From Soviet dial-less phone to post-surveillance art. Things i've seen in London this month
I see far more exhibitions than i can blog (i could but i'm fairly lazy, you see.) So this morning, i went through all the photos i took in London galleries and museum in June and threw them hastily in this almost laconic post in case you're in town and bored. Being bored in London seems to be my latest obsession but that's another story.
Here we go...
The ever fabulous Science Museum has a small show about the work of scientist and inventor James Lovelock. I spotted this apparatus to test if a detector would work on Mars. Lovelock built it in his home lab in the 1960s while working on NASA's Viking Mission to Mars. It is made with an ordinary kitchen jar and lid. The detector was sealed inside the jar and air was removed via the valve on the left to replicate Martian atmospheric pressure.
Check out the Exponential Horn while you're in the building.
Speaking of wild inventions. I caught the very last day of the Paul Granjon exhibition at Watermans. It was called Is Technology Eating My Brain? and it was very very funny. It's not every day that i laugh my face off all alone in an art gallery. The show was the result of the artist's residency in the art center. He had a couple of works in the gallery (including a magnificently visitor-unfriendly Biting Machine), the rest were works made by participants of Granjon's Wrekshop. They included a slicing photo booth and a geranium survival kit.
I spent far too long watching the videos of Granjon's fancy inventions and performances:
I watched this one three times:
And I now need this book: Hand-Made Machines [Includes DVD]
The show's already closed alas! but here's a few images. And a video.
The Victoria and Albert museum was showing the short listed artists and the winner of the Prix Pictet. The theme was Consumption in all its disastrous relationship to environmental sustainability.
Abraham Oghobase photographed hand scribbled texts advertising the various informal services offered by people living in Lagos, a city of over ten million inhabitants and the commercial capital of Nigeria.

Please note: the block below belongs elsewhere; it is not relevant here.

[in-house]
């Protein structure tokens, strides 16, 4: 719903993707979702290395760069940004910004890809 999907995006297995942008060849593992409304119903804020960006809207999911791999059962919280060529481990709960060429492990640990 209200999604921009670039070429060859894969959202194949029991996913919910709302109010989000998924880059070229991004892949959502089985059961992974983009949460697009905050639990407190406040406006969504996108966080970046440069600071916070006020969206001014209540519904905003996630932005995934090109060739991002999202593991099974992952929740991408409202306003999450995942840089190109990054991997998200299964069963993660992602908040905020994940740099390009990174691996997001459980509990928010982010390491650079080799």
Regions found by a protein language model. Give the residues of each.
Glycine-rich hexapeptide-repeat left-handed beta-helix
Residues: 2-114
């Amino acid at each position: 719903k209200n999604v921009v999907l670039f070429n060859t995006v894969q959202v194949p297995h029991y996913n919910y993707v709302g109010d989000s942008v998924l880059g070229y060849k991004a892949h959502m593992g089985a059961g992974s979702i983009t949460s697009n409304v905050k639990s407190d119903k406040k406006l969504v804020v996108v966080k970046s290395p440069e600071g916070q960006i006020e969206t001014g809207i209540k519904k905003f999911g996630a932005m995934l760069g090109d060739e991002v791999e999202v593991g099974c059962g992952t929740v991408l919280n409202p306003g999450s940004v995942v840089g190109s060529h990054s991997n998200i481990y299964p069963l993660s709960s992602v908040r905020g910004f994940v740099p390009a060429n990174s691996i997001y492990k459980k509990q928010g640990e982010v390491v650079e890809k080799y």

In Lebensmittel, Michael Schmidt portrayed the mechanized, industrialized food system of contemporary Western culture. From pigs standing skin to skin in a factory farm to piles of discarded food. Seeing the images one next to the other up on the wall was both shaming and mesmerizing. No wonder the series won the prize.
The exhibition closed a couple of weeks ago.
Talking in the context of her Post-Surveillance Art series, she said that: "What has altered for me post Snowden, is not an awareness and negotiation of a changed condition, but the knowledge that now almost everybody else knows something which was clear as day if you did a bit of research, and it's great to no longer be called a conspiracy theorist."
I have no time for design products, except when they come with a Soviet aura. The GRAD: Gallery for Russian Arts and Design is showing all kinds of plastic toys, a dial-less Telephone, red velvet flags, retro futuristic vacuum cleaners, etc.
Work and Play Behind the Iron Curtain is at the GRAD: Gallery for Russian Arts and Design until 24 August.
I also visited The Human Factor: The Figure in Contemporary Sculpture during the press view. I can't say that was the show of my life. AT ALL! But there were a couple of works i was glad to see again....
The Human Factor: The Figure in Contemporary Sculpture is at the Hayward until 7 September.
Gun Architects's rainforest-inspired pavilion at Bedford Square for the 2014 London Festival of Architecture.
Photojournalist Nick Danziger visited North Korea in 2013. He recorded the everyday life in the DPRK and was given rare access to cities outside Pyongyang. The story behind each photo is probably more interesting than the photos themselves. The subjects are doing very ordinary things (getting their hair done at the hairdresser, sunbathing by the sea with their kids, etc.) only it does look like the photos were taken in the past.
According to the British Council the exhibition is "the first cultural engagement of its kind" between the UK and the Democratic People's Republic of Korea. The Guardian adds that it opened in London with no advance publicity, for fear that the dire relations between North Korea and the west might sink the first cultural project of its kind.
Above the Line: People and Places in the DPRK (North Korea) is open at the British Council HQ in London until 25 July.
I spotted this one in the street.